Peter Laviolette has proven success at developing elite forwards, from Eric Staal in Carolina to Claude Giroux in Philadelphia. David Poile has locked up the bulk of Nashville's defensive core and starting goaltender Pekka Rinne for several seasons yet to come, so now he's going to rely on Laviolette to develop those elite forwards who can play an up-tempo, north-south game that focuses primarily on the attack. Whether or not it will work this season, or in the next few, with a roster largely built with Trotz's system in mind, remains to be seen. We all have our fingers crossed down here!
2) Nashville has an interesting mix of youth (Filip Forsberg, Calle Jarnkrok) and experience (Derek Roy, Mike Ribeiro, Olli Jokinen) at forward. What do the Predators expect in terms of production for each group? Will Nashville young forwards get a shot at top-6 minutes?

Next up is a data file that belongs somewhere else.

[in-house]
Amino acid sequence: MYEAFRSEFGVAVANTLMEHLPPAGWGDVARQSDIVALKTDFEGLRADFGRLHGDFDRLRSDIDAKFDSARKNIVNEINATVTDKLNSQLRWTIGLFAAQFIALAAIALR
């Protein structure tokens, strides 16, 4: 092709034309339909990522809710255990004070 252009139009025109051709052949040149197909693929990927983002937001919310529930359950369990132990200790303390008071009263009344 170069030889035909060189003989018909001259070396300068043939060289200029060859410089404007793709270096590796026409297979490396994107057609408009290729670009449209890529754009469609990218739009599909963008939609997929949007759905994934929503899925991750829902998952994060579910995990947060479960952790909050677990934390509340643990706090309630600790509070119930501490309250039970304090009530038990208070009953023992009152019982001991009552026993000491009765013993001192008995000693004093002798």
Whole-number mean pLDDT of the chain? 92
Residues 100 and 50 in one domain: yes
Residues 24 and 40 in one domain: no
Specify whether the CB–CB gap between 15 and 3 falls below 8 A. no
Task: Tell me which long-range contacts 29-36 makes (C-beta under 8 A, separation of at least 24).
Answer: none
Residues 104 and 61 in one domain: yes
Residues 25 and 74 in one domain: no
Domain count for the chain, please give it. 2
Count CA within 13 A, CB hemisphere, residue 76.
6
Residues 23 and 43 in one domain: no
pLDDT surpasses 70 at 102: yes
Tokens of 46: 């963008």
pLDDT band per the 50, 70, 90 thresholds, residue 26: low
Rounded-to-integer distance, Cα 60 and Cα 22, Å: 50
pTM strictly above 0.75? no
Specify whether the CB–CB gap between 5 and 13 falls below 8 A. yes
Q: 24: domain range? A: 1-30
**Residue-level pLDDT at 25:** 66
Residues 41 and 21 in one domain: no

Nashville has always brought a "no excuses" philosophy to its play, whatever that may mean in a given season, so I imagine the new coaching staff will expect contributions throughout the lineup. Ideally they'll preserve some grit in the fourth line, but be able to roll the top three against any other squad in the league. This formula paid handsome dividends, even under defensive-minded Barry Trotz, in 2006-2007 when the Predators tallied a franchise-high 110 points with a +60 goal differential. I think (or I hope, at any rate) we're going to see much more of a "what have you done for me lately" approach to personnel management under Laviolette than we did under Trotz. Further, I think that the veteran free agents who just joined us over the summer are on the roster partly as production gambles and to mentor the youth movement, but also to generate competition for ice time.